252249 Prescription Drug Diversion and Accidental Drug Overdose

Tuesday, November 1, 2011: 10:50 AM

Nicholas Reuter, MPH , Division of Pharmacologic Therapies, SAMHSA/CSAT, Rockville, MD
Accidental drug overdoses continue to be a leading cause of accidental death in the United States, exceeding motor vehicle accidents as the leading cause of accidental death in more than one dozen States. Prescription opioid pain medications contribute the most to the recent increases. There has been a concomitant increase in the availability of these important medications. Recent survey instruments indicate that pain relievers are used for non medical use by at least 2% of the U.S. population, and each year more individuals initiate prescription drug abuse than any other illicit substance. In addition, more individuals report to hospital emergency departments as a result of prescription drug abuse than illicit substances. Friends and relatives and individual physicians have been identified as the major source of these potent narcotics. Many recent studies have identified factors that increase the risk of overdose and overdose death with these medications. Applying this research, there are several Federal initiatives underway to reduce prescription drug diversion. In addition, other jurisdictions have implemented measures to reduce overdose deaths, with successful outcomes. The initiatives involve prescriber, dispenser, consumer education, and community outreach, together with expanded access to substance abuse treatment approaches.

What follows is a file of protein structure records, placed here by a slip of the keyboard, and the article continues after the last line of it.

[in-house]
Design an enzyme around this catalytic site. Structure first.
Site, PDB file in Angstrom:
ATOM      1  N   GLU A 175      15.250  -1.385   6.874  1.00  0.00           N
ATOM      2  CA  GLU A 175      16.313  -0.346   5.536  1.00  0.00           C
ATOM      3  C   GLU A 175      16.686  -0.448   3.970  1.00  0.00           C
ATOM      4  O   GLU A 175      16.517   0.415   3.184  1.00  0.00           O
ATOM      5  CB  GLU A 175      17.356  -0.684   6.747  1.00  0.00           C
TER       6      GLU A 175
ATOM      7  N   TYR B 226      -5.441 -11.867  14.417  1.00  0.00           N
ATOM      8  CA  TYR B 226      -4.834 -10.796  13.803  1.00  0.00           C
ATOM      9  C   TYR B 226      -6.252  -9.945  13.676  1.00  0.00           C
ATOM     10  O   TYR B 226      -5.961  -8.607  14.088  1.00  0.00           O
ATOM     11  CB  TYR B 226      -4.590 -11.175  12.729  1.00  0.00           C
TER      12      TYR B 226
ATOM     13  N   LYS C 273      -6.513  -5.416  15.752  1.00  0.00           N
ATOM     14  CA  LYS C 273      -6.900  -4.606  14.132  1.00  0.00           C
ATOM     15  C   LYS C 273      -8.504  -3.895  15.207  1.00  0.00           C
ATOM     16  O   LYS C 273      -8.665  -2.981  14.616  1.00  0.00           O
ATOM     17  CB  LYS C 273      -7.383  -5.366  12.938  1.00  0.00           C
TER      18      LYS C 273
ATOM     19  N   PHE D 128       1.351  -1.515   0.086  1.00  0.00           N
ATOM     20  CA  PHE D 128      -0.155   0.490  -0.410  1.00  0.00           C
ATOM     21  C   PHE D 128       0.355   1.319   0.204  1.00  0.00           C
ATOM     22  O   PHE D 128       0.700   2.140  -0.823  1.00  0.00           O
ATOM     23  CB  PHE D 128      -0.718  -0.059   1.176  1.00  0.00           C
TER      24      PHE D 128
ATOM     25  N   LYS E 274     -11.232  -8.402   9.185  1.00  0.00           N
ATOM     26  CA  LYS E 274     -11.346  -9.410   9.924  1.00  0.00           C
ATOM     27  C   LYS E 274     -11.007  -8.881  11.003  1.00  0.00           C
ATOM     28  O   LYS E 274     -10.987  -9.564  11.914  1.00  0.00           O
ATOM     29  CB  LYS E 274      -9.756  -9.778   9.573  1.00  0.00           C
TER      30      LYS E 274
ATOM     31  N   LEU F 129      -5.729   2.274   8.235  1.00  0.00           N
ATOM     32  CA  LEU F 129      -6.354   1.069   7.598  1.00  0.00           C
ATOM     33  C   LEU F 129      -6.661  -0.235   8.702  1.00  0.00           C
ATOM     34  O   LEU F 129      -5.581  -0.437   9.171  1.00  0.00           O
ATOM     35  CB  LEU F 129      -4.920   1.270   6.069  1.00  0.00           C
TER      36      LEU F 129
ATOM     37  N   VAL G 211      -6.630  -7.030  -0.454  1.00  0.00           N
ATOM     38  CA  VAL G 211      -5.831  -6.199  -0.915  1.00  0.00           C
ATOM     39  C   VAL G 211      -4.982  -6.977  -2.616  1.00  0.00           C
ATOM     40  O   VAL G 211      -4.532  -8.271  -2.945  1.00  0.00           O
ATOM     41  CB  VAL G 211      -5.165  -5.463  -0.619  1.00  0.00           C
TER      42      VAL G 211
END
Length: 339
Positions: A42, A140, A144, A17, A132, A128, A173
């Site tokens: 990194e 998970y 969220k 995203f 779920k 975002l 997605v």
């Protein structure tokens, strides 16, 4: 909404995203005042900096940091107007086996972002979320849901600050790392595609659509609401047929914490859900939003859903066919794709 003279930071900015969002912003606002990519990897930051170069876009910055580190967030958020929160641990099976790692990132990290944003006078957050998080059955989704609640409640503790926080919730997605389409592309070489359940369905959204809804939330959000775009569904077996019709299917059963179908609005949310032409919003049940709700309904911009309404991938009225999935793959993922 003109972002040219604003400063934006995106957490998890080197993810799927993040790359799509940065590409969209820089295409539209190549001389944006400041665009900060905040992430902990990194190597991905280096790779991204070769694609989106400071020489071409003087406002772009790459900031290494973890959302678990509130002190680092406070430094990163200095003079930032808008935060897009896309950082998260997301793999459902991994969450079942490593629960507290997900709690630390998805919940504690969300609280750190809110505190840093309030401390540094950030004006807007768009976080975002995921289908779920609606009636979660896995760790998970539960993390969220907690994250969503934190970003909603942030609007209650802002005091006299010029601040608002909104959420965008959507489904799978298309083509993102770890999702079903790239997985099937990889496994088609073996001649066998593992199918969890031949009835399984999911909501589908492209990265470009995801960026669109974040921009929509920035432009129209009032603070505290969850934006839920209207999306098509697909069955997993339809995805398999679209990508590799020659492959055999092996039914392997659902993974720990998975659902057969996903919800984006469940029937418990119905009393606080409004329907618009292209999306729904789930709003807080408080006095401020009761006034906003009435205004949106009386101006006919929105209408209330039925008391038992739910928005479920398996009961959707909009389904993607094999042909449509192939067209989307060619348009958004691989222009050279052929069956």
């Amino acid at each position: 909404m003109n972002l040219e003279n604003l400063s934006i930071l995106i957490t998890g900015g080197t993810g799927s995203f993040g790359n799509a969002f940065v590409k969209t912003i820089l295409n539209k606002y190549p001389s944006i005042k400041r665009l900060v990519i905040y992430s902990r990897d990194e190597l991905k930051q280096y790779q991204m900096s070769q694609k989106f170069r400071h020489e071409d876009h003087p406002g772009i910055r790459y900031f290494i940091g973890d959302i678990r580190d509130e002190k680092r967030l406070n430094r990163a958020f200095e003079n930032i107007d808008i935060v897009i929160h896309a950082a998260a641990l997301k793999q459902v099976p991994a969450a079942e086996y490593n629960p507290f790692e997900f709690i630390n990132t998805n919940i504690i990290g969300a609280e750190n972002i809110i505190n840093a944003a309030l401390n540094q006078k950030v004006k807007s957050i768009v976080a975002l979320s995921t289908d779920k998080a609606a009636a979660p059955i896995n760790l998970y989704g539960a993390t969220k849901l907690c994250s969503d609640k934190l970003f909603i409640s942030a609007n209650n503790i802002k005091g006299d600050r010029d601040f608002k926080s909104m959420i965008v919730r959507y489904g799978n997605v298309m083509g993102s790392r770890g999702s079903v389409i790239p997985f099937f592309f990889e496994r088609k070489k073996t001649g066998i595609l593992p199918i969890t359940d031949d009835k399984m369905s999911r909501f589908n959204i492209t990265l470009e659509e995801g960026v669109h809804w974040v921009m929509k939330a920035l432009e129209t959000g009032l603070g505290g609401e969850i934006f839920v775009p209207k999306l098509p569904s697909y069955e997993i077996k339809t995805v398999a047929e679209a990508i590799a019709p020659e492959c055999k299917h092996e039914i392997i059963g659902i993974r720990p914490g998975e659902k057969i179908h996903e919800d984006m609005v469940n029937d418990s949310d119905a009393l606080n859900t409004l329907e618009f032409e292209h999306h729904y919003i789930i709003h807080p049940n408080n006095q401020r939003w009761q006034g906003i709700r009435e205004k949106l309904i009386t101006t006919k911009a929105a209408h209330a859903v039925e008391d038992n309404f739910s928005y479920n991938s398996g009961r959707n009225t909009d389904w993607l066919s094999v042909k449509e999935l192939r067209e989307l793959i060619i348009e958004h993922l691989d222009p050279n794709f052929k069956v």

Learning Areas:
Public health or related public policy

Learning Objectives:
Describe the dynamics and complexities associated with the increase in opioid overdose mortality. Discuss Federal Government initiatives underway to reduce morbidity and mortality in cooperation with States, communities, and other stakeholders. Demonstrate how public health initiatives have produced successful outcomes, and how initiatives can be expanded to larger populations.

Keywords: Drug Abuse Treatment, Public Health

Presenting author's disclosure statement:

Qualified on the content I am responsible for because: I have considerable governmental experience in policies affecting opioid overdose prevention activities.
Any relevant financial relationships? No

I agree to comply with the American Public Health Association Conflict of Interest and Commercial Support Guidelines, and to disclose to the participants any off-label or experimental uses of a commercial product or service discussed in my presentation.